The Dark Energy Survey has measured the BAO scale when the universe was half its present age with an accuracy of 2%, the most accurate determination yet at such an early epoch. It is the first time an imaging-only measurement is competitive with large spectroscopy campaigns specifically designed to detect this signal.
From National Geographic (Poland), Feb. 2, 2023: A group of 150 scientists, including researchers from Fermilab and the University of Chicago, has published one of the most precise measurements of the distribution of matter in the Universe. The analysis is groundbreaking because it used data from two very different telescope surveys and it indicated that something is missing in the current standard model of the universe.
From Big Think, Jan. 31, 2023: Fermilab researchers are part of a group who studied analysis from the South Pole Telescope and the Dark Energy Survey in a series of three scientific papers describing the expansion history of the Universe is tells a confusing tale. The predictions and measurements disagree slightly, it could be a hint that our theories about the Universe need to be revised.
From Physics, Jan. 31, 2023: Fermilab scientists are part of a group of researchers using cross-correlation measurements combining data from the Dark Energy Survey and the South Pole Telescope to determine cosmological parameters with greater precision. The analysis involved more than 150 researchers with results published as a set of three articles in Physical Review D.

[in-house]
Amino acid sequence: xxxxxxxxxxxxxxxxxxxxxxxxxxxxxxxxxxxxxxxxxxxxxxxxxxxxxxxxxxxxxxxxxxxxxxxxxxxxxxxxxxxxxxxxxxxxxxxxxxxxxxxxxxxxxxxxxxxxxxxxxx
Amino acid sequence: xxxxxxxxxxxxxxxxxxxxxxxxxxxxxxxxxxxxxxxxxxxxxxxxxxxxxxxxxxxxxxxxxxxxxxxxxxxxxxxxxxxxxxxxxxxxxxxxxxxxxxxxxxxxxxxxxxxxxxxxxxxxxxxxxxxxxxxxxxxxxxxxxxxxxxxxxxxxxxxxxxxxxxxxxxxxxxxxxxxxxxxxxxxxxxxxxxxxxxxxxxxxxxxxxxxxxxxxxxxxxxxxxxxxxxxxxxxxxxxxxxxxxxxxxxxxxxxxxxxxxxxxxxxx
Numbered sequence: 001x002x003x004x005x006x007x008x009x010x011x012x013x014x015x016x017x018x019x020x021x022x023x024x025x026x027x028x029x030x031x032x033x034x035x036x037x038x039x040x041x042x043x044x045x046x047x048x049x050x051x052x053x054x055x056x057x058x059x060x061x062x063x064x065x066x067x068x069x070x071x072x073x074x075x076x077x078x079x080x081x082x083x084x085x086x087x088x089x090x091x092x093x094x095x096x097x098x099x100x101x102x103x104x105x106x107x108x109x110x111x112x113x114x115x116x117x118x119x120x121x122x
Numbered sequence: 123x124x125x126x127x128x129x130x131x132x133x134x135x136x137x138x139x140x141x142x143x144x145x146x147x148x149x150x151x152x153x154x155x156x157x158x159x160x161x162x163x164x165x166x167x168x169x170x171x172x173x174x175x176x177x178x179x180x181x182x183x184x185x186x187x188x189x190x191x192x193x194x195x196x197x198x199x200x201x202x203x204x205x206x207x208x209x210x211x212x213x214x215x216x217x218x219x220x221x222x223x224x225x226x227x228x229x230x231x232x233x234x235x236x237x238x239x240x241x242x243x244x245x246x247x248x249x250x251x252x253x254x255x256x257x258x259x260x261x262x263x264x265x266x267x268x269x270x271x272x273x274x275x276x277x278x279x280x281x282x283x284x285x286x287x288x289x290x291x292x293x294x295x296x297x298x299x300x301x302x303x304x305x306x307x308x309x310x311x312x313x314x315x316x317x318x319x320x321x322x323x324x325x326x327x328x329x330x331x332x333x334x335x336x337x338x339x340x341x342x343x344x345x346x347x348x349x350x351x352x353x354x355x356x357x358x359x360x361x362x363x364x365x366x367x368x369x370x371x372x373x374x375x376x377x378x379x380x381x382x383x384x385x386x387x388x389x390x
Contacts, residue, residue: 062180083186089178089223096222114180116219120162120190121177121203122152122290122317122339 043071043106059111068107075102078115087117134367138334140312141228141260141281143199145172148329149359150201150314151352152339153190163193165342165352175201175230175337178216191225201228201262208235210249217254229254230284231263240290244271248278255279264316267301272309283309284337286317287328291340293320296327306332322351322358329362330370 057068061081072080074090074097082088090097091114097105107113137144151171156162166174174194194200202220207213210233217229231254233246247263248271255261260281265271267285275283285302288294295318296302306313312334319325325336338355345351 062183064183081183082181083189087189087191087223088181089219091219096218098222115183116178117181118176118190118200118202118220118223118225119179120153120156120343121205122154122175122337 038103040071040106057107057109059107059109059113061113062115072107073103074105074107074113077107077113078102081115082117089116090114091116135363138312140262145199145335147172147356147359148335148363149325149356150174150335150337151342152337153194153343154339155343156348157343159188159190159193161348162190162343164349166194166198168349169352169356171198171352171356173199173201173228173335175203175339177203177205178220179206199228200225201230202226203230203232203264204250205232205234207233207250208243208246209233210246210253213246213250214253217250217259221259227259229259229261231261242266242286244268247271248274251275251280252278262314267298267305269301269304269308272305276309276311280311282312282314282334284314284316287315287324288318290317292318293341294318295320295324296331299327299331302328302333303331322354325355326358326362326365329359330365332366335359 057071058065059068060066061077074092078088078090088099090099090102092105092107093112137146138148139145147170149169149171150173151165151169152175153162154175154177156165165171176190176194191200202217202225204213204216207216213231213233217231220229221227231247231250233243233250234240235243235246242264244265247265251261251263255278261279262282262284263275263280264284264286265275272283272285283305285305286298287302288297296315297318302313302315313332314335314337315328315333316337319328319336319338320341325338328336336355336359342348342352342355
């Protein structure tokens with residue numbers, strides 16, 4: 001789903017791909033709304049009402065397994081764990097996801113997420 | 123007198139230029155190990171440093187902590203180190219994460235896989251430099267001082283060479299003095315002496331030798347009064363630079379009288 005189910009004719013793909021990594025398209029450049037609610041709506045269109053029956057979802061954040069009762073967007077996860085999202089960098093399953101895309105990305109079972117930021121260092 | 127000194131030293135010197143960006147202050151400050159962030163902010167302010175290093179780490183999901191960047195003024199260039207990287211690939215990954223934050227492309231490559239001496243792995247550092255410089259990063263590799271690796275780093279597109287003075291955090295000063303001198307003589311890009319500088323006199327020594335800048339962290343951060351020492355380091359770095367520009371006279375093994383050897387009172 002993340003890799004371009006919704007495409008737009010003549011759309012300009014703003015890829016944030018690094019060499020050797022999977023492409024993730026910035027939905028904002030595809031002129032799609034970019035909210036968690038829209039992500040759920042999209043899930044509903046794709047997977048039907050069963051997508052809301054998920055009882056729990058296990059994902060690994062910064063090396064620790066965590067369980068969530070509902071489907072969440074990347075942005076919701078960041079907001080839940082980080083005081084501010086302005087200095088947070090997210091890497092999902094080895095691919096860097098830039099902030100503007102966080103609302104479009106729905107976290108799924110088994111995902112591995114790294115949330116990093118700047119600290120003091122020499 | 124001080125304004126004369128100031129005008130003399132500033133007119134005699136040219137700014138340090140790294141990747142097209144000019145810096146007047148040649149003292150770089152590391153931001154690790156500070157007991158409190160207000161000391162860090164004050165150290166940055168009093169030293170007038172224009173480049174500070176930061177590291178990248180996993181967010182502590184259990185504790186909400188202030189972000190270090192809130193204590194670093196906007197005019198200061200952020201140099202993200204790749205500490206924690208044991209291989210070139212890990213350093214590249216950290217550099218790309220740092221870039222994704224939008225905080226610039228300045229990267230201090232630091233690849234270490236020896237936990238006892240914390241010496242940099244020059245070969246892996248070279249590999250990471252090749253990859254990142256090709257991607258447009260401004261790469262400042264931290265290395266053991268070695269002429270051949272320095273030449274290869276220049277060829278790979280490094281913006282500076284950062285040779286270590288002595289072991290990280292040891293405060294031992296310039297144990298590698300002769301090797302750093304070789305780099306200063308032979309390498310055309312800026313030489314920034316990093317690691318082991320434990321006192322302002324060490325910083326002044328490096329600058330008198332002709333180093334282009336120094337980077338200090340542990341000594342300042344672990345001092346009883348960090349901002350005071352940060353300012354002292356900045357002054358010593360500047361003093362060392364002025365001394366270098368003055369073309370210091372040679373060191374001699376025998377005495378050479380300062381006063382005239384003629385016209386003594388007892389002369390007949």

From USA News Hub, May 10,2022: The Dark Energy Camera on the Víctor M. Blanco 4-meter Telescope, one of the most powerful cameras in the world just photographed two distant galaxies entwined in what’s been described as a “galactic ballet.” Read more about these amazing new images captured by the DECamera developed and tested at Fermilab.
From National Geographic, September 28, 2021: Recently, Fermilab ran over 200 computers to analyze Dark Energy Survey images that helped identify a new comet called the Bernardinelli-Bernstein. It is estimated the nucleus of the comet is about 93 miles wide, the biggest size estimate for a comet in decades.
From Phys.org, August 24, 2021: Using the powerful 570-megapixel Dark Energy Camera (DECam) created and tested by Fermilab for the DES, astronomers have discovered an asteroid with the shortest orbital period of any known asteroid in the Solar System.